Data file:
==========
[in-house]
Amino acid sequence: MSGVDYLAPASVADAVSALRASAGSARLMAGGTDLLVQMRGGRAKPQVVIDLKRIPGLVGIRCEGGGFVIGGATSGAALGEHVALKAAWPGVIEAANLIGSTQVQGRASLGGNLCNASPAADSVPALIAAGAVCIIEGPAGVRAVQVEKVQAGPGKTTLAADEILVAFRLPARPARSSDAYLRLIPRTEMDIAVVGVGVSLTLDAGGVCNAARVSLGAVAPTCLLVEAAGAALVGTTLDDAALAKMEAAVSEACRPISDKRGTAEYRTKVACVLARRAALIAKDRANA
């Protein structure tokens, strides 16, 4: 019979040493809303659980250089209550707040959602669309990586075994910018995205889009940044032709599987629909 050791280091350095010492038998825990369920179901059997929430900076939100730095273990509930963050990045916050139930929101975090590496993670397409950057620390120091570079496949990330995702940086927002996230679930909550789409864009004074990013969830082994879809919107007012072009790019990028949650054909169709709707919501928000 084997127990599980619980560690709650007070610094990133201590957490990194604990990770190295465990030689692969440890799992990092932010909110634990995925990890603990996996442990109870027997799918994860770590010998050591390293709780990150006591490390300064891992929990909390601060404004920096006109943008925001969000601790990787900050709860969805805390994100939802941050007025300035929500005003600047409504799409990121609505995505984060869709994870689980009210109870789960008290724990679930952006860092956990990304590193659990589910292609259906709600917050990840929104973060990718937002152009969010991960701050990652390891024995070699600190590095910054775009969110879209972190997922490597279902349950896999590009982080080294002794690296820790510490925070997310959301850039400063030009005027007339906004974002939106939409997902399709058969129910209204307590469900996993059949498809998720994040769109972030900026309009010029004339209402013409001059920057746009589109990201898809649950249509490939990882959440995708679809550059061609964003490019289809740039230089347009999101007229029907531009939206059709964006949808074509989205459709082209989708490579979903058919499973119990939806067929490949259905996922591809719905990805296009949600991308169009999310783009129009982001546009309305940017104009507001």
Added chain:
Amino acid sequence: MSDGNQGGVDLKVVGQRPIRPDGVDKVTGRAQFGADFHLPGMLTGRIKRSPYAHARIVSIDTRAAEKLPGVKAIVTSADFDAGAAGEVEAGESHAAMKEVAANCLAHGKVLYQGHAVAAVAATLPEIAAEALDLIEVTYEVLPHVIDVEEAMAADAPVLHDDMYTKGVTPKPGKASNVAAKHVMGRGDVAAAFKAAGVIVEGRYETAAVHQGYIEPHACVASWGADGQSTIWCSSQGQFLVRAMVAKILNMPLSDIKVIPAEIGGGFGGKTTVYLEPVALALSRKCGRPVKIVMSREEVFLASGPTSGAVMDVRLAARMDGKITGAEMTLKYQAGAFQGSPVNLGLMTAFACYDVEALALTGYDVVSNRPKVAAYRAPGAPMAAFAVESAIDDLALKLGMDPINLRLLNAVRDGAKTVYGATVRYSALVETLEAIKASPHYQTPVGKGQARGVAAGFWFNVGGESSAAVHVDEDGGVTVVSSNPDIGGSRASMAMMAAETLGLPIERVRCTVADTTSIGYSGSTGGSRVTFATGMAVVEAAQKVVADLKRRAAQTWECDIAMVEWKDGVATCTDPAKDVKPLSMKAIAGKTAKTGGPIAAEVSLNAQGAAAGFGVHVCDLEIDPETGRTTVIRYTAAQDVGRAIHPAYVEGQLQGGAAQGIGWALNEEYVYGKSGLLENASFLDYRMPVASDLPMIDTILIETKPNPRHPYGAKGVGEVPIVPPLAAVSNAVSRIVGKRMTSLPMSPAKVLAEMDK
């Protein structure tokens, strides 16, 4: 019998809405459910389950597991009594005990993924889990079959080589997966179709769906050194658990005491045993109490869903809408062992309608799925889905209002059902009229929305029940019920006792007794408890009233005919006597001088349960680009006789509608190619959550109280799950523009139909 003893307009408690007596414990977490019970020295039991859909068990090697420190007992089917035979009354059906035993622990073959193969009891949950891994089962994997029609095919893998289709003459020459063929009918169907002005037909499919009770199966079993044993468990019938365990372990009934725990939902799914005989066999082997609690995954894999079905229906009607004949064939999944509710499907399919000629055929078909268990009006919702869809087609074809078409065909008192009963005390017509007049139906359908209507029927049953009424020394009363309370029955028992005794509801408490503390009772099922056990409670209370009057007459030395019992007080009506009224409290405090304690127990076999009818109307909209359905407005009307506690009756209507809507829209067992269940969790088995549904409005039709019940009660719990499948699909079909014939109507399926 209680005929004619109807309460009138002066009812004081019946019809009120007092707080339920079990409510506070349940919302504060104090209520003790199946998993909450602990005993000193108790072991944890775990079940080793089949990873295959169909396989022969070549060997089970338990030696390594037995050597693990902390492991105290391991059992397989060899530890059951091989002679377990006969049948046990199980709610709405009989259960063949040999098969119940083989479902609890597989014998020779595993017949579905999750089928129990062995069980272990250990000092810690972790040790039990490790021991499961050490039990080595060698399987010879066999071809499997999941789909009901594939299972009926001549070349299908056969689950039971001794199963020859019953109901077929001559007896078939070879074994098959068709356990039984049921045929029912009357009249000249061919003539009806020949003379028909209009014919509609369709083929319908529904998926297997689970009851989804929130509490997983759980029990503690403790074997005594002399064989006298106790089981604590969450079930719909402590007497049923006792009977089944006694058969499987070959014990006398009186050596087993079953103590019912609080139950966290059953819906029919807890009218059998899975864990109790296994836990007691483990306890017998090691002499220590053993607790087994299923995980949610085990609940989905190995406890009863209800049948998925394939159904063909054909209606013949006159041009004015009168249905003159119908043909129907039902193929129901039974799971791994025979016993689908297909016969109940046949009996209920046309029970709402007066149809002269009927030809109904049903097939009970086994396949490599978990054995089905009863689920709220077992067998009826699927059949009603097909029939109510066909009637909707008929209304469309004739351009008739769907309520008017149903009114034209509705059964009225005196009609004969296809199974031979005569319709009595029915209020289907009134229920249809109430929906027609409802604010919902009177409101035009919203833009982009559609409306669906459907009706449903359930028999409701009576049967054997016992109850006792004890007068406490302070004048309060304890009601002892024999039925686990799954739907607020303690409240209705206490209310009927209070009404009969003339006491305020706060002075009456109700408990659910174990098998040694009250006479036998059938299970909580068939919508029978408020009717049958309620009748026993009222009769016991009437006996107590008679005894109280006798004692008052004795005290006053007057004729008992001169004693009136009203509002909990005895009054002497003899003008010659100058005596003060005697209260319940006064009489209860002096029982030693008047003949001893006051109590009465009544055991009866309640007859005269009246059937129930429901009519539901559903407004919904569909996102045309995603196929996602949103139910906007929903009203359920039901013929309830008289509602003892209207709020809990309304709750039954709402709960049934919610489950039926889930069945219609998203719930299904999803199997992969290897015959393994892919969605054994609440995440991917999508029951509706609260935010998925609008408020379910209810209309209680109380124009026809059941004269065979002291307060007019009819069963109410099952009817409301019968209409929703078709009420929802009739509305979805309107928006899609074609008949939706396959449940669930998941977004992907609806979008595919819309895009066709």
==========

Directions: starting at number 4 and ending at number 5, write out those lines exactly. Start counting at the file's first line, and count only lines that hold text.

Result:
Added chain:
Amino acid sequence: MSDGNQGGVDLKVVGQRPIRPDGVDKVTGRAQFGADFHLPGMLTGRIKRSPYAHARIVSIDTRAAEKLPGVKAIVTSADFDAGAAGEVEAGESHAAMKEVAANCLAHGKVLYQGHAVAAVAATLPEIAAEALDLIEVTYEVLPHVIDVEEAMAADAPVLHDDMYTKGVTPKPGKASNVAAKHVMGRGDVAAAFKAAGVIVEGRYETAAVHQGYIEPHACVASWGADGQSTIWCSSQGQFLVRAMVAKILNMPLSDIKVIPAEIGGGFGGKTTVYLEPVALALSRKCGRPVKIVMSREEVFLASGPTSGAVMDVRLAARMDGKITGAEMTLKYQAGAFQGSPVNLGLMTAFACYDVEALALTGYDVVSNRPKVAAYRAPGAPMAAFAVESAIDDLALKLGMDPINLRLLNAVRDGAKTVYGATVRYSALVETLEAIKASPHYQTPVGKGQARGVAAGFWFNVGGESSAAVHVDEDGGVTVVSSNPDIGGSRASMAMMAAETLGLPIERVRCTVADTTSIGYSGSTGGSRVTFATGMAVVEAAQKVVADLKRRAAQTWECDIAMVEWKDGVATCTDPAKDVKPLSMKAIAGKTAKTGGPIAAEVSLNAQGAAAGFGVHVCDLEIDPETGRTTVIRYTAAQDVGRAIHPAYVEGQLQGGAAQGIGWALNEEYVYGKSGLLENASFLDYRMPVASDLPMIDTILIETKPNPRHPYGAKGVGEVPIVPPLAAVSNAVSRIVGKRMTSLPMSPAKVLAEMDK